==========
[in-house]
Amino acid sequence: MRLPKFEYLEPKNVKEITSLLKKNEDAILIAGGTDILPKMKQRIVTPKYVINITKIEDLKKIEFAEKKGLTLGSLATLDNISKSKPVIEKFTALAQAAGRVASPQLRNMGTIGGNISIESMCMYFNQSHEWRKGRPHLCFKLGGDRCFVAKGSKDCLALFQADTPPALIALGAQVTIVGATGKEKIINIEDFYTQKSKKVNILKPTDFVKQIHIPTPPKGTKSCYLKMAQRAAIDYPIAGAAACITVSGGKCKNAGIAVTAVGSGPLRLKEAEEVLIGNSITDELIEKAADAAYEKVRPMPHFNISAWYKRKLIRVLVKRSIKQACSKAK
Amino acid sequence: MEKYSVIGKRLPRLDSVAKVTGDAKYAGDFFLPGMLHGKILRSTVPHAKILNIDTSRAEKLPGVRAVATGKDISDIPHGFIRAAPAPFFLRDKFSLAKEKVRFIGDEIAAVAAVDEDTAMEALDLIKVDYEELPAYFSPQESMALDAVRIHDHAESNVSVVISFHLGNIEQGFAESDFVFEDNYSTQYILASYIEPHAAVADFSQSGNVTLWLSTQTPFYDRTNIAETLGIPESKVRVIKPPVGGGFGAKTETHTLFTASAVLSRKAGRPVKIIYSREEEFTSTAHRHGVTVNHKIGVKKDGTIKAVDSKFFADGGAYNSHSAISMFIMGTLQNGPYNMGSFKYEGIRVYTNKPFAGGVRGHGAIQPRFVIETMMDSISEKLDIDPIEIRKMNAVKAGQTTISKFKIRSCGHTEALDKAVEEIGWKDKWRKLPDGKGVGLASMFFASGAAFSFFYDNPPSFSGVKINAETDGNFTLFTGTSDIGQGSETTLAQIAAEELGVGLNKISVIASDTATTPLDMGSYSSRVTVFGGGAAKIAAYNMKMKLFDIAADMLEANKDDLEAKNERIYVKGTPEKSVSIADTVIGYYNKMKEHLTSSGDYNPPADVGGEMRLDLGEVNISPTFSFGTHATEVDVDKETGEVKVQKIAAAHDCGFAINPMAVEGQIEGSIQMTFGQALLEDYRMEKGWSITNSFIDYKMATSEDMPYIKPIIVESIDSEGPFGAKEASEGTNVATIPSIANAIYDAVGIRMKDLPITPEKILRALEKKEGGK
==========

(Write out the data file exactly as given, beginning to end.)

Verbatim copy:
[in-house]
Amino acid sequence: MRLPKFEYLEPKNVKEITSLLKKNEDAILIAGGTDILPKMKQRIVTPKYVINITKIEDLKKIEFAEKKGLTLGSLATLDNISKSKPVIEKFTALAQAAGRVASPQLRNMGTIGGNISIESMCMYFNQSHEWRKGRPHLCFKLGGDRCFVAKGSKDCLALFQADTPPALIALGAQVTIVGATGKEKIINIEDFYTQKSKKVNILKPTDFVKQIHIPTPPKGTKSCYLKMAQRAAIDYPIAGAAACITVSGGKCKNAGIAVTAVGSGPLRLKEAEEVLIGNSITDELIEKAADAAYEKVRPMPHFNISAWYKRKLIRVLVKRSIKQACSKAK
Amino acid sequence: MEKYSVIGKRLPRLDSVAKVTGDAKYAGDFFLPGMLHGKILRSTVPHAKILNIDTSRAEKLPGVRAVATGKDISDIPHGFIRAAPAPFFLRDKFSLAKEKVRFIGDEIAAVAAVDEDTAMEALDLIKVDYEELPAYFSPQESMALDAVRIHDHAESNVSVVISFHLGNIEQGFAESDFVFEDNYSTQYILASYIEPHAAVADFSQSGNVTLWLSTQTPFYDRTNIAETLGIPESKVRVIKPPVGGGFGAKTETHTLFTASAVLSRKAGRPVKIIYSREEEFTSTAHRHGVTVNHKIGVKKDGTIKAVDSKFFADGGAYNSHSAISMFIMGTLQNGPYNMGSFKYEGIRVYTNKPFAGGVRGHGAIQPRFVIETMMDSISEKLDIDPIEIRKMNAVKAGQTTISKFKIRSCGHTEALDKAVEEIGWKDKWRKLPDGKGVGLASMFFASGAAFSFFYDNPPSFSGVKINAETDGNFTLFTGTSDIGQGSETTLAQIAAEELGVGLNKISVIASDTATTPLDMGSYSSRVTVFGGGAAKIAAYNMKMKLFDIAADMLEANKDDLEAKNERIYVKGTPEKSVSIADTVIGYYNKMKEHLTSSGDYNPPADVGGEMRLDLGEVNISPTFSFGTHATEVDVDKETGEVKVQKIAAAHDCGFAINPMAVEGQIEGSIQMTFGQALLEDYRMEKGWSITNSFIDYKMATSEDMPYIKPIIVESIDSEGPFGAKEASEGTNVATIPSIANAIYDAVGIRMKDLPITPEKILRALEKKEGGK